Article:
The updated Fitbit app for Android, iOS, and Windows—which the company says will be available in the spring—wasn’t ready for me to try. With neither published findings nor anecdotal experience, I could ask outside experts only if a fitness band’s optical heart-rate monitor, with help from its accelerometer, would be enough to distinguish sleep stages accurately. In principle it would be, says Watson.
The conventional way to measure sleep stages would involve a trip to a sleep lab and wiring the patient up to a number of devices, most notably an electroencephalogram (EEG). Wakefulness and the different stages of sleep, as well as transitions between them all, have distinctive brainwave patterns that the EEG can measure. For instance, the transition from light to deep sleep (called N3) is marked by the appearance of high-voltage, low-frequency delta brainwaves. Newer research shows that cardiovascular changes provide similar signals. Deep sleep is also marked by minimal heart rate and blood pressure, for instance. A 2013 paper by researchers in Austria, Brazil, and the Czech Republic pulls together studies in the field to show these parallels between brain wave and cardiovascular signals.
It’s plausible that sleep can be assessed using heart rate variability, says Watson. Sleep involves interplay of control by the body’s fight-or-flight (sympathetic) and resting (parasympathetic) nervous systems. And the role of each varies with sleep stage. This interplay also affects heart-rate variability. “It makes sense from those perspectives,” Watson says. “The only obvious concern is, you have to prove it.”
Fitbit’s Heneghan says that the company has done that. Fitbit did two years of research and development on Sleep Stages. It recorded people sleeping for hundreds of nights outfitted with both Fitbit’s heart-rate sensor and sleep-lab gear like EEGs and devices that measure blood oxygen levels, muscle activity, and heart rate. Fitbit used machine learning technology to distinguish patterns in heart-rate variability (HRV) from the sensor that correspond to changes in sleep stage as measured by the full suite of sleep lab devices.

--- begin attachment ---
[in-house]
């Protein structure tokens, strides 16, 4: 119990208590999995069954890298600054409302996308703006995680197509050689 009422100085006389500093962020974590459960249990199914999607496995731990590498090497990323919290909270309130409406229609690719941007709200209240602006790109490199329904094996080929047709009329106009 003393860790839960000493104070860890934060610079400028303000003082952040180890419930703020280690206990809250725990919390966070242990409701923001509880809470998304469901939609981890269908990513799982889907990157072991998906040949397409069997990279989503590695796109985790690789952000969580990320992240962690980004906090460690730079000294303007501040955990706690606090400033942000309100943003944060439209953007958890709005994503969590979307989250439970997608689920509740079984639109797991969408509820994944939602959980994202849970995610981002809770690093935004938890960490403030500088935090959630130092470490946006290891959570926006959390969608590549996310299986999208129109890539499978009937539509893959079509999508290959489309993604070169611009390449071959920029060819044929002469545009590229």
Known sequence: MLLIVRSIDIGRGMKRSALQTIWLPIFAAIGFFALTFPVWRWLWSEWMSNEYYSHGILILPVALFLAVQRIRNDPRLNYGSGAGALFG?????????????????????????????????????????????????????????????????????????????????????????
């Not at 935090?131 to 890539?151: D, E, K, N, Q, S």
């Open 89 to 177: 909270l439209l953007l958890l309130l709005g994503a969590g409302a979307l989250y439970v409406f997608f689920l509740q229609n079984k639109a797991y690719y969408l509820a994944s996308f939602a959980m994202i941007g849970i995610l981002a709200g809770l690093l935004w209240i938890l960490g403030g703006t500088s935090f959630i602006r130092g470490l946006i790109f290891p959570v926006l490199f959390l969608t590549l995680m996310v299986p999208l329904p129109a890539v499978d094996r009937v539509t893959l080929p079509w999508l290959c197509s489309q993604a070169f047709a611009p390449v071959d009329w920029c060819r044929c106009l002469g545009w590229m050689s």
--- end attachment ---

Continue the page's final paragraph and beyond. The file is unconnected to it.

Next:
This is familiar territory for Heneghan, who cofounded a company, BiancaMed, that measures respiration rate to monitor sleep. Stanford professor Allison Siebern, who consulted with Fitbit, has used optical heart rate sensors in her research.
Sleep Stages is based on the variability of heart rate: how steady it is over time. Heneghan sketched out a rough example for someone with an average resting heart rate of 60 beats per minute. “In deep sleep, you’re maybe going to see plus/minus four beats-per-minute variation over a few minutes, so it’s really pretty regular,” he says. “When a person is in dreaming or REM sleep, I’d expect to see much more like plus/minus 10 or 15 beats per minute.”
Espie isn’t fully convinced about the value of measuring heart rate and heart-rate variability. “There is some evidence in the literature that this may be done scientifically,” he says. “But it’s not a well-developed procedure, it’s not a substitute for measuring [in a sleep lab].” (Fitbit doesn’t claim that Sleep Stages matches what a lab can do.)
Angela McIntyre, who tracks wearable technologies at market research firm Gartner, is skeptical about how accurate a fitness band can be. Chest-strap monitors are good at measuring heart-rate variability, she says. They produce those pointy up-and-down lines seen on a hospital monitor. “The kind of data that’s being measured from your wrists—the peaks aren’t so sharp,” says McIntyre. “They’re kind of rounded, so it takes a lot of calculating to figure out where is the right peak.”
Sleep is about more than quantity. A person doesn’t need just seven or eight hours of sleep, but the right mixture of sleep types. Deep Sleep (stage N3) promotes the immune system and muscle growth, for instance; and should make up 10-25 percent of sleep time. REM sleep helps memories form and should be around 20-25 of sack time.
With devices that support Sleep Stages, the updated Fitbit app will show a breakdown of the different sleep types: how they are distributed over the night, the total amount of each type, and how those totals compare to averages among people of the same age and gender. Assuming Fitbit gets the numbers right, how helpful will that information be? “Sleep staging and the amount of different stages that you get is something that’s hard for an individual to necessarily influence,” says Watson.
Fitbit says that it will make the data it collects more useful by translating it into tailor-made Sleep Insights for each user. This feature was also not available for me to try, so I can only go on a few examples the company provided, such as:
You slept an average of 9hrs 30min this weekend, which is substantially higher than your weekday sleep duration of 5hrs 40min. That swing may be a sign that you’re not getting enough sleep during the week.
It’s no shocker that people who don’t get enough sleep during the workweek might be prone to binge on the weekend. The exact numbers do bring home the magnitude of the problem. However this tip–and other examples that Fitbit shared with me–don’t show how, say, a deficit of REM sleep vs. light sleep would influence the insights.
Overall, it’s good to get people thinking more about sleep, says Watson. If they see it as a key part of health, people can make lifestyle changes to foster a healthy sleep environment. But he warns of the risk in overthinking it. “Sleep is what happens when the mind goes clear at night,” he says. “If you’re constantly trying to hack your sleep, you may ultimately be having the opposite effect.”